I went back to the holding area.

A woman officer directed me to the area where the phone is. I called Key Bonding. But Lt. Lackey interrupted the conversation. “You are not supposed to be on the phone.”

Key accepts cash offer

In the middle of the call to get my bond, I hung up and went back to the horseshoe, making no comment.

I sat down, and waited 30 minutes while another prisoner, a woman, used the phone.

The woman finished her call, and a female lieutenant said I could now use the phone. I called Key Bonding again, telling Charles Key that I had $150, which he indicated he was willing to accept, and which he did accept in our conversation.

I hung up the phone and went back to the horse shoe section of the jail and watched TV. After dinner and shift change, I lay down on a bench because I was tired and frustrated.

An officer escorted me to the quarter deck to a room where I was able to use a telephone again to make sure Mr. Key was going to come to bail me out.

The room is 15-foot by 20-foot room, a cell with bars and a steel bench along one wall, and a phone mounted on the wall.

Urinating on floor

The male officer left me in the room. He was so long in coming back  I fell asleep on the bench. An undetermined length of time later, I woke up and had to use the bathroom.

Outside of the bars is a hallway with an elevator at the end of it. No officer or staff person was in the hallway to call for assistance.

There were no toilet facilities. I urinated on the floor in the corner of wall on which the bench was mounted.

I went back to sleep.

Officers entered and woke me about 5:50 and escorted me to room No. 8. Again, I fell asleep.

‘You’re still going to Silverdale’

A female officer an hour later came into the room, helped me to my feet, took my left arm and escorted me to the quarter deck, explaining to me that I was being escorted to Silverdale.

“Why am I going to Silverdale and my bond has been made?” I asked.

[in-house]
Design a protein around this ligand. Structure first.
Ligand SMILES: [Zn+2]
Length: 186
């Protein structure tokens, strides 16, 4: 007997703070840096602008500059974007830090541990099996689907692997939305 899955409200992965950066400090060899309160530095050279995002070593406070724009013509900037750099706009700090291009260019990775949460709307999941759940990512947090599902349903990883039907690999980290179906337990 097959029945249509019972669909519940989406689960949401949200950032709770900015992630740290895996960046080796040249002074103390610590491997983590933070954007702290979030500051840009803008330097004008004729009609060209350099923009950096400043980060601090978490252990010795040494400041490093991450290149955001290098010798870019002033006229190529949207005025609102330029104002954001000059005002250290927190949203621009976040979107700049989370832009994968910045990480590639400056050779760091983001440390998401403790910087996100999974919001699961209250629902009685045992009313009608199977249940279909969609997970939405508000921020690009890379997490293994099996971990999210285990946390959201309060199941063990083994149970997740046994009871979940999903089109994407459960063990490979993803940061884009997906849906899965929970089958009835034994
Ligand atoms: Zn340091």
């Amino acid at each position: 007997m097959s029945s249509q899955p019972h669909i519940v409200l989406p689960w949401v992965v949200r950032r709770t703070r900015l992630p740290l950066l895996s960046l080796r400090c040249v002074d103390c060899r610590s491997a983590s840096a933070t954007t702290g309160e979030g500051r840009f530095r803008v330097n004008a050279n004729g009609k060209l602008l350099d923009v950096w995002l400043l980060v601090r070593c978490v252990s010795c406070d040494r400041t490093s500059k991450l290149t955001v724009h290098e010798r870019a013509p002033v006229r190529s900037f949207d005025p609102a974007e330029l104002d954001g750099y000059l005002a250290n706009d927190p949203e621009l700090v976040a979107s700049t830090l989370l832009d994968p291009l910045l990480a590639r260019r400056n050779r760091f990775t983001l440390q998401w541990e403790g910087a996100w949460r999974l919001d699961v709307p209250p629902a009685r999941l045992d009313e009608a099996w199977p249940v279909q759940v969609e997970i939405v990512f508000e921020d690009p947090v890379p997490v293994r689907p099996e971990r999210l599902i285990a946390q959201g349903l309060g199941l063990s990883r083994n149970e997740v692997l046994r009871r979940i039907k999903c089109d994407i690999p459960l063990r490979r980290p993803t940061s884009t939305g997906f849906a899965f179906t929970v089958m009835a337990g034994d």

“Well, Mr. Moore,” she said, “you’re still going to Silverdale

I said, “Please explain to me why I am going to Silverdale because my bond has been made.”

I have a bullet in my neck from a Jan. 29, 2019, shooting at 779 W. Main St. in which I was injured and my fiancee, Bernice Williams, was killed.

Injury at hand of Deputy Carson

While I am going up the steps, a black officer named Mr. Carson took me from the female officer and said, “C’mon, you’re goin’ to Silverdale.”

He picked me up from my right side, putting me off balance, slammed face down upon the concrete floor. He had had his arm in my armpit, pulling my arm backward, which forced me to bend over frontwards and fall the floor.

Landing face down on the floor, I cried out, “I have a bullet in my neck and you know I am disabled.”

Officer Carson put his knee on my neck, which on a pain level of 1 to 10 was a 10.

After was slammed on to the floor, another man said calmly, “Mr. Moore, you are going to have to Silverdale.”

Visit to hospital after release

Deputies took me to Silverdale.

I was released the next day, May 16, around 6 p.m. That’s 13 hours since I had made bond, roughly at 1:15 p.m. the day before

I was in so much pain that I took myself to Parkridge Medical Center on McCallie Avenue, the emergency room, where I explained what had happened. The doctors said I needed to have a  CT scan of my head and right side, which was done.

A doctor said, “Mr. Moore, there’s no broken bones, but you do have what’s called a cervical strain that is not caused by an accident.” My neck was swollen, and they gave me muscle relaxers to take between two and four times a day for pain. They said put hot rags on my neck to make the swelling go down, and recommended a followup with my primary care physician.

Further affiant saith not.

I swear the above and foregoing representations are true and correct to the best of my information, knowledge and belief.